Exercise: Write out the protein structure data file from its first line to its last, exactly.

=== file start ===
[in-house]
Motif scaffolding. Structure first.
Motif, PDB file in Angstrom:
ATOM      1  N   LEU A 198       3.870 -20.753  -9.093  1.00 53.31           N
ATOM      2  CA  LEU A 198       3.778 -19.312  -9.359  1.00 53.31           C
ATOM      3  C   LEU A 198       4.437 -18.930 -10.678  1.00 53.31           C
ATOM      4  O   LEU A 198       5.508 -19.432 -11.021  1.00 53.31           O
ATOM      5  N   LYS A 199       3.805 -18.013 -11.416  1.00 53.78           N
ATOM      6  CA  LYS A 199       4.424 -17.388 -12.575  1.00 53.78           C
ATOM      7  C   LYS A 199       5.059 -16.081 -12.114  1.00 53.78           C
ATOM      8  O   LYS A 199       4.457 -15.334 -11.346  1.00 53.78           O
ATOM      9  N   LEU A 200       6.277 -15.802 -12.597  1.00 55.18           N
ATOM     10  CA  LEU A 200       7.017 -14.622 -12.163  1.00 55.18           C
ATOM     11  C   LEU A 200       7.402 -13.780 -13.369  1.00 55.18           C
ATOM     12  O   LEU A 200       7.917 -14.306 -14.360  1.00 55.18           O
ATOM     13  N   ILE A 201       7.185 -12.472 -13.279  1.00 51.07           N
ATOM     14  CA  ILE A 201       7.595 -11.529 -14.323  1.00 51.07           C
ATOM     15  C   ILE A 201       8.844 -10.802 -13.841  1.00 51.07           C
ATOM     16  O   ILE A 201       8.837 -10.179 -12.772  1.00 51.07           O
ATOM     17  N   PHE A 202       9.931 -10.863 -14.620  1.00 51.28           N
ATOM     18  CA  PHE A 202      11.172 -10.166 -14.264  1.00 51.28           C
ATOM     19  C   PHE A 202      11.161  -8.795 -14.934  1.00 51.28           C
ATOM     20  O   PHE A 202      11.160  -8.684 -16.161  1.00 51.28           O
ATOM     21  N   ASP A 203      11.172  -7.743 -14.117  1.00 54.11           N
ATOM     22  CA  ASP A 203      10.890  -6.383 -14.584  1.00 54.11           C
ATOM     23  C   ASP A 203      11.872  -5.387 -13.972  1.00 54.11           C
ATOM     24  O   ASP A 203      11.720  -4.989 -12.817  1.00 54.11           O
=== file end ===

[in-house]
Motif scaffolding. Structure first.
Motif, PDB file in Angstrom:
ATOM      1  N   LEU A 198       3.870 -20.753  -9.093  1.00 53.31           N
ATOM      2  CA  LEU A 198       3.778 -19.312  -9.359  1.00 53.31           C
ATOM      3  C   LEU A 198       4.437 -18.930 -10.678  1.00 53.31           C
ATOM      4  O   LEU A 198       5.508 -19.432 -11.021  1.00 53.31           O
ATOM      5  N   LYS A 199       3.805 -18.013 -11.416  1.00 53.78           N
ATOM      6  CA  LYS A 199       4.424 -17.388 -12.575  1.00 53.78           C
ATOM      7  C   LYS A 199       5.059 -16.081 -12.114  1.00 53.78           C
ATOM      8  O   LYS A 199       4.457 -15.334 -11.346  1.00 53.78           O
ATOM      9  N   LEU A 200       6.277 -15.802 -12.597  1.00 55.18           N
ATOM     10  CA  LEU A 200       7.017 -14.622 -12.163  1.00 55.18           C
ATOM     11  C   LEU A 200       7.402 -13.780 -13.369  1.00 55.18           C
ATOM     12  O   LEU A 200       7.917 -14.306 -14.360  1.00 55.18           O
ATOM     13  N   ILE A 201       7.185 -12.472 -13.279  1.00 51.07           N
ATOM     14  CA  ILE A 201       7.595 -11.529 -14.323  1.00 51.07           C
ATOM     15  C   ILE A 201       8.844 -10.802 -13.841  1.00 51.07           C
ATOM     16  O   ILE A 201       8.837 -10.179 -12.772  1.00 51.07           O
ATOM     17  N   PHE A 202       9.931 -10.863 -14.620  1.00 51.28           N
ATOM     18  CA  PHE A 202      11.172 -10.166 -14.264  1.00 51.28           C
ATOM     19  C   PHE A 202      11.161  -8.795 -14.934  1.00 51.28           C
ATOM     20  O   PHE A 202      11.160  -8.684 -16.161  1.00 51.28           O
ATOM     21  N   ASP A 203      11.172  -7.743 -14.117  1.00 54.11           N
ATOM     22  CA  ASP A 203      10.890  -6.383 -14.584  1.00 54.11           C
ATOM     23  C   ASP A 203      11.872  -5.387 -13.972  1.00 54.11           C
ATOM     24  O   ASP A 203      11.720  -4.989 -12.817  1.00 54.11           O